The Rakshasis did as they were told. From the Vimana Sita saw the field of battle. She saw Rama and Lakshmana lying motionless on the ground with their weapons scattered by their side. She was filled with grief. She thought that it was now all over and cried: "To this end has fate brought me, giving the lie to the predictions of saints and astrologers that I would live as a happy wife and mother and a glorious queen. Poor Kausalya! Who shall console you now. Like one who, having, crossed the ocean, gets drowned in a little pond, these warriors, who had done so much, lie dead now. Oh princes! How did your divine weapons fail you. Alas, all-powerful is destiny!"
When Sita was thus in the desperation of utter sorrow, Trijata, her Rakshasi companion, who was looking closely at the motionless figures of the princes, suddenly burst out: "Dear Sita, there is no cause for grief. Neither your husband nor Lakshmana is dead. Look at their faces. Is this how the dead look? They are bound by a charmed weapon and are unconscious for a while. Look at the orderly array of the army. Have courage. Be not frightened." Her words fell like nectar in Sita's ears. The Vimana returned to Lanka and Sita was taken back to the Asoka Vana.
In time the force of the arrows charged with sorcery weakened. Rama opened his eyes and sat up. Though sorely wounded, he recovered his strength by an exercise of will power and sat up. He looked at his brother lying on the ground and cried out:
"Alas! What is the use of victory now for me? Why did I bring you, dear brother, with me to the forest and get you killed like this? How can I return without you to Ayodhya? You used ever to console me in my sorrow. You are silent now when I face the greatest sorrow. How can I survive you? Where in the world is a warrior like you? One can replace anything lost, but where can I find anyone to fill your place? Like Kartaviryarjuna with his thousand hands, you with your two hands discharged showers of arrows and slew the Rakshasas. How could death come to you? You came with me into the forest, and now I shall repay my debt to you by joining with you to the abode of Yama. I confess defeat. The word I gave to Vibhishana cannot be fulfilled. Oh Vanara king! Return to Kishkindha with all your warriors. You have worked hard for me. You have fulfilled all the duties of friendship. You have my gratitude. But there is no use in more of you dying. Go back to your city. Let me perish here." Thus did Rama lament in helpless grief.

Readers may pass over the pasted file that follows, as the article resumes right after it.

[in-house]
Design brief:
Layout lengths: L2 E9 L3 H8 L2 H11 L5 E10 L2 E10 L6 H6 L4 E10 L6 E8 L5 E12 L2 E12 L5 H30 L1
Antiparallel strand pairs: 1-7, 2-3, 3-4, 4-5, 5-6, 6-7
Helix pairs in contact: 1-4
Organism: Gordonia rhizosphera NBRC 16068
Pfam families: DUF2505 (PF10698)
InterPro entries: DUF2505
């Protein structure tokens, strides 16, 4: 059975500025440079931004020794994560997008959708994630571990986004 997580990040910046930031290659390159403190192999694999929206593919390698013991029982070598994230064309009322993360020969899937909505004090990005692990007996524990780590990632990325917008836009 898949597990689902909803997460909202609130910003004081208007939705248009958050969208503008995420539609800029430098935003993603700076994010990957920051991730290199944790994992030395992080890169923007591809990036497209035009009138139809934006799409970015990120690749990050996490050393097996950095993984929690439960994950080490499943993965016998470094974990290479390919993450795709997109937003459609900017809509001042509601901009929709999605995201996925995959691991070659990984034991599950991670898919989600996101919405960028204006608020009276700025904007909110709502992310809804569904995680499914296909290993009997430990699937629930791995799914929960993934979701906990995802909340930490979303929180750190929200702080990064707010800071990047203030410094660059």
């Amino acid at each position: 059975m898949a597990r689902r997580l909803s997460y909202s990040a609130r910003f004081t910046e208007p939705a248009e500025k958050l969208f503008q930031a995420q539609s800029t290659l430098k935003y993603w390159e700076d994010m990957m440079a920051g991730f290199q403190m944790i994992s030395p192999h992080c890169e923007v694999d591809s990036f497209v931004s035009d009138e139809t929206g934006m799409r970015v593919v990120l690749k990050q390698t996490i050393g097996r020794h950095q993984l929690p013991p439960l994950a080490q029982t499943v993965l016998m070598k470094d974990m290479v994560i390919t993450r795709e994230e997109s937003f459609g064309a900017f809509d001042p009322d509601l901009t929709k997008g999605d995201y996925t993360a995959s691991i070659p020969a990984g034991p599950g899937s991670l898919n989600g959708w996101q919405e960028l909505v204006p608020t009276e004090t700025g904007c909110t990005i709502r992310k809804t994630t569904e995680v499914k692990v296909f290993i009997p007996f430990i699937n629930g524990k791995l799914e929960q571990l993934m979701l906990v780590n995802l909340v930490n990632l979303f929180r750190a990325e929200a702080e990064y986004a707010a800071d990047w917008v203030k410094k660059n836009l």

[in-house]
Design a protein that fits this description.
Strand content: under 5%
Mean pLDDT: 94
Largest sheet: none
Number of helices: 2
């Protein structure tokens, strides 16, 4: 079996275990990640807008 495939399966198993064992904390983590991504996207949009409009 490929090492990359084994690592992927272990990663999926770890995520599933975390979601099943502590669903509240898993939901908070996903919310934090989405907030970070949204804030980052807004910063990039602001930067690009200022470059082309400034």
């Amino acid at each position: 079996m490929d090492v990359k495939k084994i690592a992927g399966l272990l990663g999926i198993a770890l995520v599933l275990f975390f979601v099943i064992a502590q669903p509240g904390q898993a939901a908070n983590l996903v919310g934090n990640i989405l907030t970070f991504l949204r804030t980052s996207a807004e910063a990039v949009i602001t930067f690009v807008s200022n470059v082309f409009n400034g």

Then Vibhishana arrived there, mace in hand. Seeing his huge dark form, the Vanaras imagined it was Indrajit again and started to fly.
In another part of the battlefield Sugriva and Angada were discussing. "Why are the Vanaras thus beginning to scatter in fear? What has happened?" asked Sugriva.
Angada answered, "Do you not know that Rama and Lakshmana are lying wounded?"
Sugriva said: "It is not that. Look at the way they are running helter-skelter. There must be some other reason for it."
Then he learnt that the Vanaras, who had suffered at the hands of Indrajit, mistook Vibhishana for him and were frightened. He sent Jambavan to rally the troops by disabusing them of this fear.
Vibhishana looked at Rama and Lakshmana. When he saw them wounded, covered with arrows all over, and unable to fight, he broke down crying: "It is all over. What more is there to do?"
Sugriva turned to Sushena, his uncle, and said: "Take Rama and Lakshmana to Kishkindha. I shall kill Ravana, redeem Sita, and bring her there."
Sushena answered: "There are herbs which can heal the wounds of the princes and restore them to health. Some of us know where these herbs are to be found. Here is Hanuman. If you send him, he will fetch the herbs."
As they were speaking, the sea and air were churned up by a mighty wind and the great bird Garuda burst into view. When Garuda arrived, the serpent darts that covered Rama and Lakshmana disappeared instantaneously. They were all venomous serpents which had become arrows through the magic of Indrajit and had bound the princes' bodies.
When their inveterate and dreaded enemy Garuda appeared, they took flight. Then Garuda gently stroked the bodies of Rama and Lakshmana and restored to them their full strength. The wounds were all healed and they rose up, stronger and more radiant than before.
And Rama asked: "Who are you, my benefactor?" He did not know that he was Vishnu and Garuda was his own bird on which he always rode.
Garuda answered, "I am your good friend, and old companion. Glory is yours! Let me go now. When the battle is ended, we shall know each other better." Saying thus Hamsa bird flew away.
Seeing Rama and Lakshmana fully recovered and ready for battle, the Vanaras were enthusiastic once again and resumed attacking Ravana's fortress.